SODAS Data Discussion, Cecilie Dohlmann Weatherall & Nete Schwennesen
Copenhagen Center for Social Data Science (SODAS), is pleased to announce that we are continuing the success with SODAS Data Discussions this spring.
SODAS aspirers to be a resource for all students and researchers at the Faculty of Social Sciences. We therefor invite researchers across the faculty to present ongoing research projects, project applications or just a loose idea that relates to the subject of social data science.
Every month two researchers will present their work. The rules are simple: short research presentations of ten minutes are followed by twenty minutes of debate. No papers will be circulated beforehand, and the presentations cannot be longer than five slides.
Cecilie Dohlmann Weatherall, Senior Researcher at Kraks Fond, and Nete Schwennesen, Associate Professor, Department of Anthropology and Center for Healthy Ageing, will present at the second SODAS Data Discussion of this spring the 8th of March.
Cecilie Dohlmann Weatherall:
The non-Western Immigrant Concentration in a Neighborhood Affect Mental Health:
Evidence from a quasi-random allocation of applicants in the public social housing system
Social interaction among neighbors influences residents’ employability and criminal behavior, in particular among male non-Western immigrants. In this paper we look at whether high concentration of non-Western immigrants in a neighborhood influences non-Western residents’ mental health. The combination of manual data collection from the public social housing system and administrative registry panel data gives us the opportunity to examine the causal impact of non-Western immigrants’ concentration on mental health. Our results from a quasi-random allocation of households into different neighborhoods suggest that being allocated to a neighborhood with a higher concentration of Non-Western immigrants has a significant and negative impact on mental health for non-Western immigrants. The effect is mainly among men. In particular, there is a significant and large effect on mental health from the concentration of immigrants from the residents’ own language group.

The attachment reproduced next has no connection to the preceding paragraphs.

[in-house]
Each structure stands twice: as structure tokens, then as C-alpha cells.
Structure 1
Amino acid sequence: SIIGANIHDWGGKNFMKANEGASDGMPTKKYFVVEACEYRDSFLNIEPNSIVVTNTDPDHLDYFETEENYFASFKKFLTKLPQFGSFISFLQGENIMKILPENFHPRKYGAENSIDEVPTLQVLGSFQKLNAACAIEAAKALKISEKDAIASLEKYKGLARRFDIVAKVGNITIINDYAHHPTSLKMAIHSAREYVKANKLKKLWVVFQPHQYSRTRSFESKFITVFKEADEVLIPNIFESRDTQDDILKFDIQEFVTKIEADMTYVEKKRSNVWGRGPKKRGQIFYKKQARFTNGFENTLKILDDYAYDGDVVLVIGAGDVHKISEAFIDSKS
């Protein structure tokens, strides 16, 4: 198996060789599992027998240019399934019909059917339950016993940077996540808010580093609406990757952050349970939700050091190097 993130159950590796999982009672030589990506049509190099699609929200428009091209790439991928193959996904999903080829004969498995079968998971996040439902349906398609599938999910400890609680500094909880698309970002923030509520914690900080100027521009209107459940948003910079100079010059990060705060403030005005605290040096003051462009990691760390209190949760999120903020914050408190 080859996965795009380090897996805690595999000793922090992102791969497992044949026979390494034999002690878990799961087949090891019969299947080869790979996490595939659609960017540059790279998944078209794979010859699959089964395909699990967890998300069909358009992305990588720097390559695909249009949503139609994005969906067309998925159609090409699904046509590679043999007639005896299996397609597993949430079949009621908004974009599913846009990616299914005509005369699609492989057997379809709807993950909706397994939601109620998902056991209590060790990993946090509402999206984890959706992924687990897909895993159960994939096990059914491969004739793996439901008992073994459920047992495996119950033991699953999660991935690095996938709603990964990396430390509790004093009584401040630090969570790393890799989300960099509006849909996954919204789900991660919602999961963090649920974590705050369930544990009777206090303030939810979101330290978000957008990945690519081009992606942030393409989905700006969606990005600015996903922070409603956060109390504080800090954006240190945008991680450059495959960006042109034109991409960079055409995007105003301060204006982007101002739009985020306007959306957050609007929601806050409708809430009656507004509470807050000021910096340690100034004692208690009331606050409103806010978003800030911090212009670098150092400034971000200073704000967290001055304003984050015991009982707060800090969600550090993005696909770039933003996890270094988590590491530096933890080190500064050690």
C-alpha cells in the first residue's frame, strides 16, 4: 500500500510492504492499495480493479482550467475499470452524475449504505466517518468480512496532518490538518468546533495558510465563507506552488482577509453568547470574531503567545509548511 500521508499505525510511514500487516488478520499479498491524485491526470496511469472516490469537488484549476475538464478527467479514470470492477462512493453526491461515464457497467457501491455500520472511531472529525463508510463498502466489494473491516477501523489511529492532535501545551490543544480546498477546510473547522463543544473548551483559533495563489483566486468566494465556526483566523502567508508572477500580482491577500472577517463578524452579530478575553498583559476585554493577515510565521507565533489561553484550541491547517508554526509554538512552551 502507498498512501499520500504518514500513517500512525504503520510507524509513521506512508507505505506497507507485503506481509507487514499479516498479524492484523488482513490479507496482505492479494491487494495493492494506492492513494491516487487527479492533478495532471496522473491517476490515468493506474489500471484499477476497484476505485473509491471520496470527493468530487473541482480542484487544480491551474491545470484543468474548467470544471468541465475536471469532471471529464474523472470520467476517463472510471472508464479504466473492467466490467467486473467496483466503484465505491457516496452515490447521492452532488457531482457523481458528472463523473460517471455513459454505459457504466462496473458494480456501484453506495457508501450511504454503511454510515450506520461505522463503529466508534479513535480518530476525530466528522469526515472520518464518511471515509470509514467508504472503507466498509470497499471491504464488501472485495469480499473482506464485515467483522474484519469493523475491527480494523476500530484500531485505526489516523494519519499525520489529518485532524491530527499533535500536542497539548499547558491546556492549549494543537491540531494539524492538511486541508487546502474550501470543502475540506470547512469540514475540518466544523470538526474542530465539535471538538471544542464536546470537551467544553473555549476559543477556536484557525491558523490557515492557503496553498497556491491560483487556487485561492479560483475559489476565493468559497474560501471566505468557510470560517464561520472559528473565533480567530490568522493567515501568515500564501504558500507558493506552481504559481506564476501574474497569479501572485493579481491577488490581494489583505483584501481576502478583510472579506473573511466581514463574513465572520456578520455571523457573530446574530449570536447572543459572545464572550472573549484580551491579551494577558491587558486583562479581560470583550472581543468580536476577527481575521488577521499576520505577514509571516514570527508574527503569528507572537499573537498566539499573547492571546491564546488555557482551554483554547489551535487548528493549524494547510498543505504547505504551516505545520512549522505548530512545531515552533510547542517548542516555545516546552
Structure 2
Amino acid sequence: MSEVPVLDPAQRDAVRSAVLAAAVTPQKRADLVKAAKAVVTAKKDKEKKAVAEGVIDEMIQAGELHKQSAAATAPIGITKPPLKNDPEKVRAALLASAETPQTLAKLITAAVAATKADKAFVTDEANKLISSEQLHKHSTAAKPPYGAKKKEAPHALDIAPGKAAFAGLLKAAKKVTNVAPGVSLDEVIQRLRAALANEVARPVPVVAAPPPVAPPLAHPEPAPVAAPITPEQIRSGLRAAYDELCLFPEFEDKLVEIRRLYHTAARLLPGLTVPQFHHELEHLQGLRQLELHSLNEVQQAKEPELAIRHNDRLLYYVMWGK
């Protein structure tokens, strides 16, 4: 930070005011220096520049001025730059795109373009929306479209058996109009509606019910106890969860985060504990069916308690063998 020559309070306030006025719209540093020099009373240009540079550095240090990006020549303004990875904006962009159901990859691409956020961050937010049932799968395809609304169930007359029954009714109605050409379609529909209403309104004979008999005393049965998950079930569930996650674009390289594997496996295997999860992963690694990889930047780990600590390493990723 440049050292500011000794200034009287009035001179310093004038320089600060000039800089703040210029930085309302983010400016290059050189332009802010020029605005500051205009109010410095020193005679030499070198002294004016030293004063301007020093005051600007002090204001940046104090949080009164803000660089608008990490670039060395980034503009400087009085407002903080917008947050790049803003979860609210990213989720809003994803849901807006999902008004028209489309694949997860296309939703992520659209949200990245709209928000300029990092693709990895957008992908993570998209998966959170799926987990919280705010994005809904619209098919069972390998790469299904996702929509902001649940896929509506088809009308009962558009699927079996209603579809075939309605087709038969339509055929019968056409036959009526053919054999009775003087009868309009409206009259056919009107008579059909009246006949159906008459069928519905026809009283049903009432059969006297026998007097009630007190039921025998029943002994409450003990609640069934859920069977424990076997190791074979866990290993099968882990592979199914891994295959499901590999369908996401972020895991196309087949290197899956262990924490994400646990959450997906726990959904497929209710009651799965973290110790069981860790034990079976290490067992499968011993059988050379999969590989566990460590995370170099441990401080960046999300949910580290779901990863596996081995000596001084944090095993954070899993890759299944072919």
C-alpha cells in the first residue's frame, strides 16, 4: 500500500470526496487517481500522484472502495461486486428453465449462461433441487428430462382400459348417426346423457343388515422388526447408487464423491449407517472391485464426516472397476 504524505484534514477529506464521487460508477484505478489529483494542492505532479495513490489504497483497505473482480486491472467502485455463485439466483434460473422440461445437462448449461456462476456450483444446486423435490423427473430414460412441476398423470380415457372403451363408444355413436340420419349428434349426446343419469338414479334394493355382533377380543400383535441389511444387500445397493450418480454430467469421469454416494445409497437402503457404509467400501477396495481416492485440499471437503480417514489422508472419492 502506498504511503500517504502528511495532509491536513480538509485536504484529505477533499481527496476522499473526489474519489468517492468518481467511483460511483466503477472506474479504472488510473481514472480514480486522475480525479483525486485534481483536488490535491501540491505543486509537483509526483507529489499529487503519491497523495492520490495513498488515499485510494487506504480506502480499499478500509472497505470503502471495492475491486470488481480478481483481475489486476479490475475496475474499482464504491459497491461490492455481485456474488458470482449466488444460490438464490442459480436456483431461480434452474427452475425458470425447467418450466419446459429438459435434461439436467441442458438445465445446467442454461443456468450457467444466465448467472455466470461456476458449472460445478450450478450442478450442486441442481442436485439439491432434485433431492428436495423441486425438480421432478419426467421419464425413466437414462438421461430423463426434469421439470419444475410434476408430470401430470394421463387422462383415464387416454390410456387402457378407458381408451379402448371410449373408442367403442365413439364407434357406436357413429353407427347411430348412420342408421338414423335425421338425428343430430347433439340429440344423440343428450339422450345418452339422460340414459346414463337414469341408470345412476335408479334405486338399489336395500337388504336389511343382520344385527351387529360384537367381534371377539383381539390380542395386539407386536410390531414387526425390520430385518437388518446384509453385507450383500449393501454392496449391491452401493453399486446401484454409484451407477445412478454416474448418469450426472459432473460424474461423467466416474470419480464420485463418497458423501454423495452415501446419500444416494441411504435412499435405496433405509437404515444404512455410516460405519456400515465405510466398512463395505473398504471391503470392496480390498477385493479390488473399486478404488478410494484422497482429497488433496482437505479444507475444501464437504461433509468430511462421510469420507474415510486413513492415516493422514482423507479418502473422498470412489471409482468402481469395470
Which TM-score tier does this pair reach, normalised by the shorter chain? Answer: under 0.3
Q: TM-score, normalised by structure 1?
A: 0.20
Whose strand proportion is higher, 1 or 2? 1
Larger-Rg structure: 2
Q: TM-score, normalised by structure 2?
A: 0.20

When the physiotherapist goes digital: Algorithmic authority in the making
As human life becomes increasingly entangled with digital technologies, algorithmic systems are becoming a significant part of everyday life. The delegation of tasks to algorithms and their ability to make decisions without (or with little) human intervention has been characterized as a process of algorithmic authority, where algorithms increasingly shape ‘who we are and what we see’. This paper engage with the concept of algorithmic authority by way of analysing the affective and material processes through which algorithmic authority is created, negotiated and sometimes broken down. The study is based on an ethnographic exploration of the implementation of a smart phone application (ICURA) for the promotion of home-training for patients who have undergone hip replacement surgery in Denmark, and explores what happens when algorithms are designed to take on tasks in the arena of physical rehabilitation. I conclude by arguing, that the tendency among scholars to center on algorithms as the main actor producing authority, may overlook the dynamic material and affectual relations involved in the process of producing and maintaining algorithmic authority over time.
The SODAS Data Discussion will take place at SODAS' new location in building 1, 2nd floor, room 26 (1.2.26) of the CSS Campus, University of Copenhagen, from 11.00 am to 12.00 pm.
If you have questions or want to know more, please write Agnete Vienberg Hansen at firstname.lastname@example.org.